The 20 best whiskies you can buy right now

Here’s our list of the top 20 single-malt scotches you can find and drink without a time machine or an unlimited bank account.

By Dan Dunn 01/11/2018

People get hung up on the word “best,” especially when that word comes attached to a phrase like “20 Best Whiskies You Can Buy Right Now.” You can practically hear the protests already—“But if there are 20 of them, how can they all be ‘best?’” To these people I say politely (and with infinite patience): Pipe down. There are as many expressions of scotch as there are angels nipping at every whisky cask in the Hebrides and as there are snooty grammarians who want to take the fun out of the pursuit of incredible liquor.

Speaking of pursuit, it’s worth pointing out another important caveat to this list. This is not The Best Scotches of All Time. It does not, for example, include The Macallan Valerio Adami 1926, of which there are only 12 bottles in the world—the last of which sold for just over $1 million at auction. I’m not discouraging you from chasing those bottles, of course, but my purpose here is to let you know about the best scotches you have a chance in hell of finding via an online retailer or at a top-notch liquor store. Given a modicum of motivation, every one of the whiskies on this list is eminently gettable. In fact, I suggest you treat this article sort of like an adult version of Pokémon Go, but instead of wandering into traffic while trying to bag a Charmander, you should wander into the welcoming arms of your local hoochmonger in search of The Glenlivet 18 Year Old. If you do somehow manage to capture every single one of these semi-rare beasts, tag us with the evidence at @robbreportau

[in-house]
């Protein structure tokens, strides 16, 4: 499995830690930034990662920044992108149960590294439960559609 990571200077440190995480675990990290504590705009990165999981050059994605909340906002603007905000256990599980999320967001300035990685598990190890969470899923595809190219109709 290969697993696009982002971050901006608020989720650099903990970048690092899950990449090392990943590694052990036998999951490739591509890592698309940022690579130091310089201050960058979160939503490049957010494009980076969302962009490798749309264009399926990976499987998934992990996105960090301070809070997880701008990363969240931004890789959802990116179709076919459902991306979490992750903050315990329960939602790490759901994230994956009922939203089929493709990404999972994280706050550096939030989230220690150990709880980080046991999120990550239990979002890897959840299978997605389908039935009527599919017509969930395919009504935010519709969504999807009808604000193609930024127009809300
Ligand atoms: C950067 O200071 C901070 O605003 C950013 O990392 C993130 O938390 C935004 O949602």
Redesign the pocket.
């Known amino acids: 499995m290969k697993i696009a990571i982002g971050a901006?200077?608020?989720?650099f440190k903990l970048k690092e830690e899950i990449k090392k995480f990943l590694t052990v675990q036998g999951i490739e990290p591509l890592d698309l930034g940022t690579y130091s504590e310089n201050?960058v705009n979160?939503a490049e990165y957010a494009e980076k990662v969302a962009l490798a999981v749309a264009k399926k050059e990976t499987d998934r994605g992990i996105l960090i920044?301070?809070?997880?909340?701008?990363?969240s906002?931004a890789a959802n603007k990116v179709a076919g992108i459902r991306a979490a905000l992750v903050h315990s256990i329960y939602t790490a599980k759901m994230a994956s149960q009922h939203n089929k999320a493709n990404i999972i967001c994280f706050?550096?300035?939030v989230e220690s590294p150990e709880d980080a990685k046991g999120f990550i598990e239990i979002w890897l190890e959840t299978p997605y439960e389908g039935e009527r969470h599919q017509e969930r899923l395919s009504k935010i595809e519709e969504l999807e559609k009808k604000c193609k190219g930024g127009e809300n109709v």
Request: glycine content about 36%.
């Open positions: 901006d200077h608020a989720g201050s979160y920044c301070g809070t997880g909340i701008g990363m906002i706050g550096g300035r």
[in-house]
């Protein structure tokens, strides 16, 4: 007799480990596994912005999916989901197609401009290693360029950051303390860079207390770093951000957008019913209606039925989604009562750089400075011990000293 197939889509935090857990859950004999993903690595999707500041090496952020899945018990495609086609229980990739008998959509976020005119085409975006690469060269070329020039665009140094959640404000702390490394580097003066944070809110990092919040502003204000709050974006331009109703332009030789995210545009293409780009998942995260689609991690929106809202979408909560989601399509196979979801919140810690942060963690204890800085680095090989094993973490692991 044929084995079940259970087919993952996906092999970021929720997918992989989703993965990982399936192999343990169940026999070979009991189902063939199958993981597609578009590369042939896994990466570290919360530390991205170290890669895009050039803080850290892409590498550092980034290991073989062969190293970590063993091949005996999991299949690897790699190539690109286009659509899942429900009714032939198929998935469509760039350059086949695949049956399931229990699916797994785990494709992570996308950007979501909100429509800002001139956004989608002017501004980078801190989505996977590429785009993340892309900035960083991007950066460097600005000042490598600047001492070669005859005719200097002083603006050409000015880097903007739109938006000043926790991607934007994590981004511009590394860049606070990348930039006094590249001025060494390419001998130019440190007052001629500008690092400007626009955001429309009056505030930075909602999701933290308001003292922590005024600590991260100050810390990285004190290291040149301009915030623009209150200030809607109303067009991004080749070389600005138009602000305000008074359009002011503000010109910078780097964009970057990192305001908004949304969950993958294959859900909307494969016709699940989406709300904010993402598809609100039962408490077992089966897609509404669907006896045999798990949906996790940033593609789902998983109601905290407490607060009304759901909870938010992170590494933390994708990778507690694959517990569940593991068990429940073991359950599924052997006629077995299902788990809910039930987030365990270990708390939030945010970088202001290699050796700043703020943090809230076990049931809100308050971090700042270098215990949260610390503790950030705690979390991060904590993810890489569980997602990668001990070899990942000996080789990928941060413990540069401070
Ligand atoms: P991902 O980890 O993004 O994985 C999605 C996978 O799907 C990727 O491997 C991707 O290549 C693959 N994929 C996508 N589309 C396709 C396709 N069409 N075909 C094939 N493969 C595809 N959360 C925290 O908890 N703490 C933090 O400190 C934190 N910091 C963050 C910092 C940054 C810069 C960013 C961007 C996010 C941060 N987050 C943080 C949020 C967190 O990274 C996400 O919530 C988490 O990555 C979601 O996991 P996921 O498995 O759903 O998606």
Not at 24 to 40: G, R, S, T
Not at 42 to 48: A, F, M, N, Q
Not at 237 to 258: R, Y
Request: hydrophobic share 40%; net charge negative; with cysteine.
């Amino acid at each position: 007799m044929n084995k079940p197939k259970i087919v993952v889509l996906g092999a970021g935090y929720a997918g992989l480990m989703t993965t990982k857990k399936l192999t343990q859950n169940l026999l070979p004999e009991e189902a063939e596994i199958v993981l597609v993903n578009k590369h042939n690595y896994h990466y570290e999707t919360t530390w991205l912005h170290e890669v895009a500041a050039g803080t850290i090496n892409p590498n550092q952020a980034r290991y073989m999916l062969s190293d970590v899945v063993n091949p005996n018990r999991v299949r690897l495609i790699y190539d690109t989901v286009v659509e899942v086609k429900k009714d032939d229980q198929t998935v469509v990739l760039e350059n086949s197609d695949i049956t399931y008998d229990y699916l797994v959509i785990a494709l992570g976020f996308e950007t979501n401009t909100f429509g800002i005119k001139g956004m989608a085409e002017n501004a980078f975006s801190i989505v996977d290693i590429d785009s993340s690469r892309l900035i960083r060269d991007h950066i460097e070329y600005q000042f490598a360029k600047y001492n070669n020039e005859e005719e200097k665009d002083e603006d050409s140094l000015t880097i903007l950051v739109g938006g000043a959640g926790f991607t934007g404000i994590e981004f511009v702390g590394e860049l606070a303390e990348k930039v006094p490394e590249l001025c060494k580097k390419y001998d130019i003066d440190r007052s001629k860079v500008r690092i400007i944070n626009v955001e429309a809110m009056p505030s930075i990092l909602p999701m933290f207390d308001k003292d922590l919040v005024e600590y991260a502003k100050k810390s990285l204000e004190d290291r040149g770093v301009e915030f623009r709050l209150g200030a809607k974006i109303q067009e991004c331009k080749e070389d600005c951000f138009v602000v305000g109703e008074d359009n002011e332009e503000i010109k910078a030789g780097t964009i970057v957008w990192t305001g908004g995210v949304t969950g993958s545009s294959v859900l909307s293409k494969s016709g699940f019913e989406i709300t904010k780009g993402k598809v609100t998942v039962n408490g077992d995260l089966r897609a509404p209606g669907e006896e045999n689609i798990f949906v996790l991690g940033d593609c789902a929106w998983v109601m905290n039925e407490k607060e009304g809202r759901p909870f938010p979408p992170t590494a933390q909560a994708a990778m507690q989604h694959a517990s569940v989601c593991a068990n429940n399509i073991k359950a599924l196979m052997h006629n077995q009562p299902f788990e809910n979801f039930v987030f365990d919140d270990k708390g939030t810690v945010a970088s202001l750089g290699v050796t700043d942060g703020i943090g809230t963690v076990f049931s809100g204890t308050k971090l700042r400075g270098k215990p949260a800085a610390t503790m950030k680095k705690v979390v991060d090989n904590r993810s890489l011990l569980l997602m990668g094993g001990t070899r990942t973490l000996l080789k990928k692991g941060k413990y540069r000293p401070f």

As far as “best” goes, while the term is inherently subjective, if there is a person alive who can’t find their own personal “best” in here, I’d like to have a chat with them, preferably over a dram of Lagavulin 16 and explain to them, gently and with an excess of solicitude, that they should try more new things. Oh, and one other caveat: No two products from the same distillery could appear in the list, because fairness. See you in the Hebrides, my sweet angels.

The Macallan Triple Cask
Photo: Courtesy of The Macallan

The Macallan Triple Cask Matured 18 Years Old

This legendary single malt, formerly known as Fine Oak 18 Years Old, is an amalgam of spirits aged in a trio of different oak casks—sherry-seasoned European oak, sherry-seasoned American oak, and American ex-bourbon barrels. Of the many brilliant expressions produced by the Macallan, Triple Cask Matured 18 ($399)—arguably, of course—best exemplifies the identity of the brand’s core range: scotch that is exceedingly smooth, elegant, and adorned with disparate tastes that somehow come together in perfect harmony. Dominant flavours include rich dark chocolate, dried coconut, and orange, with subtle notes of vanilla, nutmeg, and wood smoke. Best enjoyed neat with a side of toasted marshmallows dipped in Pedro Ximénez sherry.